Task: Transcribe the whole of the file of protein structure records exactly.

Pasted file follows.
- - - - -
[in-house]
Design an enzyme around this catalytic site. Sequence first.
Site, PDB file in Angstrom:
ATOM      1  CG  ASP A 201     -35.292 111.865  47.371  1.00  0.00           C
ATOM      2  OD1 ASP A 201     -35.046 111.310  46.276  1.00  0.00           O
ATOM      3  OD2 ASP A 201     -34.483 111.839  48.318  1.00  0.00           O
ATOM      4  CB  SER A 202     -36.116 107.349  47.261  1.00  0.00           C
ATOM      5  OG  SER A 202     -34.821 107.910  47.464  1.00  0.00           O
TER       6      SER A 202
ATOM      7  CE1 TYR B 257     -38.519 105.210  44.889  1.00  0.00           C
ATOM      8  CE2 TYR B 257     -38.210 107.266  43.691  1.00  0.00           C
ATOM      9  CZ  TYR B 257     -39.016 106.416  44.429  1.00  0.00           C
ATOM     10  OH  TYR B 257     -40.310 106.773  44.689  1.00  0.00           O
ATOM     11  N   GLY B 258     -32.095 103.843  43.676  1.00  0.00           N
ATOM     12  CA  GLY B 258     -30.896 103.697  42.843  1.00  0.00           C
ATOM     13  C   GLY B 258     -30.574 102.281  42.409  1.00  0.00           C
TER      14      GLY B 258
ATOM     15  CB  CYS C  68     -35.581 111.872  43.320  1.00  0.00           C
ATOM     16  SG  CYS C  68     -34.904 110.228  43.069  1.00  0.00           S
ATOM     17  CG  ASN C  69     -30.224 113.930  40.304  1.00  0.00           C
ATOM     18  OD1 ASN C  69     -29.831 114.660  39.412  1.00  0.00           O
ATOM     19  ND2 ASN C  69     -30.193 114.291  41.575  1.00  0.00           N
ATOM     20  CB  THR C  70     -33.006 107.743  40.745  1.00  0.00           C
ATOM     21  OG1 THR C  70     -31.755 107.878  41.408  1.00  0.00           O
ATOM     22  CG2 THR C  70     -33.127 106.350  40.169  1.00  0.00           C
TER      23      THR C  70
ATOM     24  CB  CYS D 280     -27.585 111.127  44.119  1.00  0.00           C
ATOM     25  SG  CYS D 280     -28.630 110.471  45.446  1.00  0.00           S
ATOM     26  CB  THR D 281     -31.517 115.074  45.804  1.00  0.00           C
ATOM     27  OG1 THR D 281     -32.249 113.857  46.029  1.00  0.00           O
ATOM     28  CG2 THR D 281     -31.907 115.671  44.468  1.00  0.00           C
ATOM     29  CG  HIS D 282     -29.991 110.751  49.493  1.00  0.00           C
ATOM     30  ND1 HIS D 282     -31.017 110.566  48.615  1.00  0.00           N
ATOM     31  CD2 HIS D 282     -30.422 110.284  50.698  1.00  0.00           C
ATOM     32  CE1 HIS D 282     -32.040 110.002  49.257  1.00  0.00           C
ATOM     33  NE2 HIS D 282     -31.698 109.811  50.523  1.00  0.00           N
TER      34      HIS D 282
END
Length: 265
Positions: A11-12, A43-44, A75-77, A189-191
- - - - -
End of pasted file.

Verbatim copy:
[in-house]
Design an enzyme around this catalytic site. Sequence first.
Site, PDB file in Angstrom:
ATOM      1  CG  ASP A 201     -35.292 111.865  47.371  1.00  0.00           C
ATOM      2  OD1 ASP A 201     -35.046 111.310  46.276  1.00  0.00           O
ATOM      3  OD2 ASP A 201     -34.483 111.839  48.318  1.00  0.00           O
ATOM      4  CB  SER A 202     -36.116 107.349  47.261  1.00  0.00           C
ATOM      5  OG  SER A 202     -34.821 107.910  47.464  1.00  0.00           O
TER       6      SER A 202
ATOM      7  CE1 TYR B 257     -38.519 105.210  44.889  1.00  0.00           C
ATOM      8  CE2 TYR B 257     -38.210 107.266  43.691  1.00  0.00           C
ATOM      9  CZ  TYR B 257     -39.016 106.416  44.429  1.00  0.00           C
ATOM     10  OH  TYR B 257     -40.310 106.773  44.689  1.00  0.00           O
ATOM     11  N   GLY B 258     -32.095 103.843  43.676  1.00  0.00           N
ATOM     12  CA  GLY B 258     -30.896 103.697  42.843  1.00  0.00           C
ATOM     13  C   GLY B 258     -30.574 102.281  42.409  1.00  0.00           C
TER      14      GLY B 258
ATOM     15  CB  CYS C  68     -35.581 111.872  43.320  1.00  0.00           C
ATOM     16  SG  CYS C  68     -34.904 110.228  43.069  1.00  0.00           S
ATOM     17  CG  ASN C  69     -30.224 113.930  40.304  1.00  0.00           C
ATOM     18  OD1 ASN C  69     -29.831 114.660  39.412  1.00  0.00           O
ATOM     19  ND2 ASN C  69     -30.193 114.291  41.575  1.00  0.00           N
ATOM     20  CB  THR C  70     -33.006 107.743  40.745  1.00  0.00           C
ATOM     21  OG1 THR C  70     -31.755 107.878  41.408  1.00  0.00           O
ATOM     22  CG2 THR C  70     -33.127 106.350  40.169  1.00  0.00           C
TER      23      THR C  70
ATOM     24  CB  CYS D 280     -27.585 111.127  44.119  1.00  0.00           C
ATOM     25  SG  CYS D 280     -28.630 110.471  45.446  1.00  0.00           S
ATOM     26  CB  THR D 281     -31.517 115.074  45.804  1.00  0.00           C
ATOM     27  OG1 THR D 281     -32.249 113.857  46.029  1.00  0.00           O
ATOM     28  CG2 THR D 281     -31.907 115.671  44.468  1.00  0.00           C
ATOM     29  CG  HIS D 282     -29.991 110.751  49.493  1.00  0.00           C
ATOM     30  ND1 HIS D 282     -31.017 110.566  48.615  1.00  0.00           N
ATOM     31  CD2 HIS D 282     -30.422 110.284  50.698  1.00  0.00           C
ATOM     32  CE1 HIS D 282     -32.040 110.002  49.257  1.00  0.00           C
ATOM     33  NE2 HIS D 282     -31.698 109.811  50.523  1.00  0.00           N
TER      34      HIS D 282
END
Length: 265
Positions: A11-12, A43-44, A75-77, A189-191